There were intermittent glimpses of Hidayat’s natural super powers.  The first time Xue tested the Hidayat backhand drive he was blown completely off balance in a single shot by the exceptional speed of the reply delivered with relaxed ease.

For Taufik, he was not exactly uncommitted as much as playing with the idea of how much he can get away with on minimal movement, and it wasn’t a walk in the park for his opponent.  Xue displayed everything he knew and vast court coverage in order to oust the 2004 Athens Olympic gold medallist, 21-15, 21-18.  Most interestingly, the young Chinese dominated at the net with his audacity to seize half opportunities to fly forward and fling the shuttle overhead rather than trade net replies with the man most famous for them when both men found themselves in the forecourt.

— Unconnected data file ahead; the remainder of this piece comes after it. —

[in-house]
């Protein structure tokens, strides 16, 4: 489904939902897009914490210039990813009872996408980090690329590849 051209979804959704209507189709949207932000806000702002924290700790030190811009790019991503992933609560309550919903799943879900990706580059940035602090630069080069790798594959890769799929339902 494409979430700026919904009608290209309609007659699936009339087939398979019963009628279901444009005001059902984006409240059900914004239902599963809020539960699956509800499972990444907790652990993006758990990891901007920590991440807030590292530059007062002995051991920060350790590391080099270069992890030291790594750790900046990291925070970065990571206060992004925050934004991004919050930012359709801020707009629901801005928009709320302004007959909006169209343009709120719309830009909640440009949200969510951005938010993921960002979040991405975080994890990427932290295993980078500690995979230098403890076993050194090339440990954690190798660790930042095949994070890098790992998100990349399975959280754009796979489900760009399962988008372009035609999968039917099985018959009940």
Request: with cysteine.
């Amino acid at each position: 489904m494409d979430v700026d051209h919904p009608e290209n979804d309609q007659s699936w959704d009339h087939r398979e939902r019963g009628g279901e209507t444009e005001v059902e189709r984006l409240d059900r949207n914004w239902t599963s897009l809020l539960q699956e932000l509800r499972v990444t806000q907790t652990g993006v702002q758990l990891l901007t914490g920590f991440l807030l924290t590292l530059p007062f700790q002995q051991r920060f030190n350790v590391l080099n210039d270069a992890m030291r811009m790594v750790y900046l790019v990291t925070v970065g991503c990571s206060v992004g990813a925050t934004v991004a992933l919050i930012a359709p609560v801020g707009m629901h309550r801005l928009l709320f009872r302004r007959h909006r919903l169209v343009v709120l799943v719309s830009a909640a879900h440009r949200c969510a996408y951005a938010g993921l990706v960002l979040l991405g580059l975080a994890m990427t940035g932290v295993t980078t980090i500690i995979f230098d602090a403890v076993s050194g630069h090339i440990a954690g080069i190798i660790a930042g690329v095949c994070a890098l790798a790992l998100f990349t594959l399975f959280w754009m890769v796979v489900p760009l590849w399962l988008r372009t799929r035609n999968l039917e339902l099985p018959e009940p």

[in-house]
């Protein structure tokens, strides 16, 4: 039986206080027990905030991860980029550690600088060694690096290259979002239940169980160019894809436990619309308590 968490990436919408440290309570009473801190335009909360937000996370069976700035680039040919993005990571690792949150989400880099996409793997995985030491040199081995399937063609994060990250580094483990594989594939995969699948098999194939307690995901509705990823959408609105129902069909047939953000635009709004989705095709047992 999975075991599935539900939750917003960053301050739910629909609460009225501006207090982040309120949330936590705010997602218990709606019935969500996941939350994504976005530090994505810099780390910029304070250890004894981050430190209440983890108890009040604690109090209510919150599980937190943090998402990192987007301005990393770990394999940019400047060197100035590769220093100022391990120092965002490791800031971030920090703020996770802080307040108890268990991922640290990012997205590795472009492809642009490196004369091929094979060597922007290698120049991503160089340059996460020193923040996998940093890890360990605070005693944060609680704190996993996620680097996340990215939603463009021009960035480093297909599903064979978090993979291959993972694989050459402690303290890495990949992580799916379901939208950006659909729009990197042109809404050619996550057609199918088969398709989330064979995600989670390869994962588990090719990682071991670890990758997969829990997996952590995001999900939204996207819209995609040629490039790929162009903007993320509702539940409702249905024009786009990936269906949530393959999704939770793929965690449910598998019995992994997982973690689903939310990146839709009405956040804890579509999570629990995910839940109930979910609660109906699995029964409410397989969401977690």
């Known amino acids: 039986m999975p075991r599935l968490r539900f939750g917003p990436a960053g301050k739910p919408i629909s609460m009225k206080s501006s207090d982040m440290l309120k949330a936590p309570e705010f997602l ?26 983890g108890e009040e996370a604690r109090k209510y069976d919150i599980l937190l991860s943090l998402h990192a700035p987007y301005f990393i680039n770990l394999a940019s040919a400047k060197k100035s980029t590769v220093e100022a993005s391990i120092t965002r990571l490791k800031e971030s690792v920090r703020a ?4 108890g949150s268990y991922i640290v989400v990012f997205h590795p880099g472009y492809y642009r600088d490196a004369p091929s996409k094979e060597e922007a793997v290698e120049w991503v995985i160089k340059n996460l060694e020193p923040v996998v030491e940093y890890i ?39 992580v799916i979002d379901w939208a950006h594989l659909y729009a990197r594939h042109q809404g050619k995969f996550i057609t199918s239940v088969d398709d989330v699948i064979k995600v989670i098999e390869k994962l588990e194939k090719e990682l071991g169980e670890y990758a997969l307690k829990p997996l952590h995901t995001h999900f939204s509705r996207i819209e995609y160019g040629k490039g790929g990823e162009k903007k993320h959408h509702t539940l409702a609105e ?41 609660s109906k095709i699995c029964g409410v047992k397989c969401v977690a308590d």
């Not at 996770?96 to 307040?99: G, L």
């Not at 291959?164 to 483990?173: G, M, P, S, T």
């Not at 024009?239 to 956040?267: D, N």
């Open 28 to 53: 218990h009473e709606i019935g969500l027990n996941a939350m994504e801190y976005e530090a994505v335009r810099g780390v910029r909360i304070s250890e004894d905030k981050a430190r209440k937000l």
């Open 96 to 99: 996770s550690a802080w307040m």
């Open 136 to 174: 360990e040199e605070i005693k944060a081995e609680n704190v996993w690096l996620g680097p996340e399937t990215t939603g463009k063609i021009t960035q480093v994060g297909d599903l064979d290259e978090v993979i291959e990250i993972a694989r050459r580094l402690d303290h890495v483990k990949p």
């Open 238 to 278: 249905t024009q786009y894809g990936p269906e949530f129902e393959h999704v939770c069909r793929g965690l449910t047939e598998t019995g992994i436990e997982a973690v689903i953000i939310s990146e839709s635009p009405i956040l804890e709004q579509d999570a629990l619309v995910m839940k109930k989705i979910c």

The tournament magazine states that there are five players from India (Chetan Anand, Arvindh Bhat, Ajay Jayaram, Anand Pawar, and Anup Sridhar [late withdrawal]) who have stretched the world number one Lee Chong Wei to a third game.  As of this evening, make that six Indians, when R.M.V. Gurusaidatt (pictured) lost the first 10-21, but subsequently levelled things with a 21-18 in the second.  In the final game, Lee, who has been recovering from a cold, injected bursts of pure power and classier strokes to end the match when Gurusaidatt made an unforced error after serving at 15-20.

Men’s Singles: the average level needed

The whole crowd, including the local Chinese, genuinely clapped for Indonesia’s, twelth-seeded, Alamsyah Yunus upon his victory over seventh seed Gao Huan of China, 16-21 21-9 21-13, in the longest match of the day, running 73 minutes.  Gao also gave applause to Yunus for his ability to rally seemingly indefinitely and repeatedly given his shortness of stature and hence also short physical wingspan.